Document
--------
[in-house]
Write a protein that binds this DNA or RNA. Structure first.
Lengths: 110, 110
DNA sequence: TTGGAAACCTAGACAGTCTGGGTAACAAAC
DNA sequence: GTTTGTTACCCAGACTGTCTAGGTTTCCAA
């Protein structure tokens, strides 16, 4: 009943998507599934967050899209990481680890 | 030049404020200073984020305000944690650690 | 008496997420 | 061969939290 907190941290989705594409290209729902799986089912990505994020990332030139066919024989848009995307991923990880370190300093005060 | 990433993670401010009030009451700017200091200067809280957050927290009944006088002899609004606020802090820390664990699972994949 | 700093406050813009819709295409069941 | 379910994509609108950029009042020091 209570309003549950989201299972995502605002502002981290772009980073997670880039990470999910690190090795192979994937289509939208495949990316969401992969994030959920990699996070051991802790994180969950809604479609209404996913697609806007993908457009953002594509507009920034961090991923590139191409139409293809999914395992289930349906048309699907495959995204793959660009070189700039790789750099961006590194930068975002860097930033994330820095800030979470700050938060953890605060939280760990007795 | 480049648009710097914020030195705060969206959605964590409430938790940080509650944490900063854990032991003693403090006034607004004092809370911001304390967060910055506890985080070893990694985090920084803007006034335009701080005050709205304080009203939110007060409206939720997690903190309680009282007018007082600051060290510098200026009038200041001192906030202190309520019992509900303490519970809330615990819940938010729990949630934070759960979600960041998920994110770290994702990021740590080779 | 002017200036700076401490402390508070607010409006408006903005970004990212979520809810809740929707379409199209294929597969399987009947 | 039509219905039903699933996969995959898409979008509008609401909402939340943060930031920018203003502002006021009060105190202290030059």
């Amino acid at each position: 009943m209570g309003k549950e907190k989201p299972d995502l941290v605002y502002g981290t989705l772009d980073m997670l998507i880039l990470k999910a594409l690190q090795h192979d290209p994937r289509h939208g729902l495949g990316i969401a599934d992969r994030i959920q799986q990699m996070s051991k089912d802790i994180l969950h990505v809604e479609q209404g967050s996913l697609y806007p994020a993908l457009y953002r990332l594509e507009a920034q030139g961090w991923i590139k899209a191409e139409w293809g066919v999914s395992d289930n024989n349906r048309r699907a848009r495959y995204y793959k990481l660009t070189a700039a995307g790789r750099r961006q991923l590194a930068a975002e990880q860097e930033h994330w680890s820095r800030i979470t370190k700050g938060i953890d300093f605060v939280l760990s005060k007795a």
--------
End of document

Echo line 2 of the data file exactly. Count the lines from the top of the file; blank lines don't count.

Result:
Write a protein that binds this DNA or RNA. Structure first.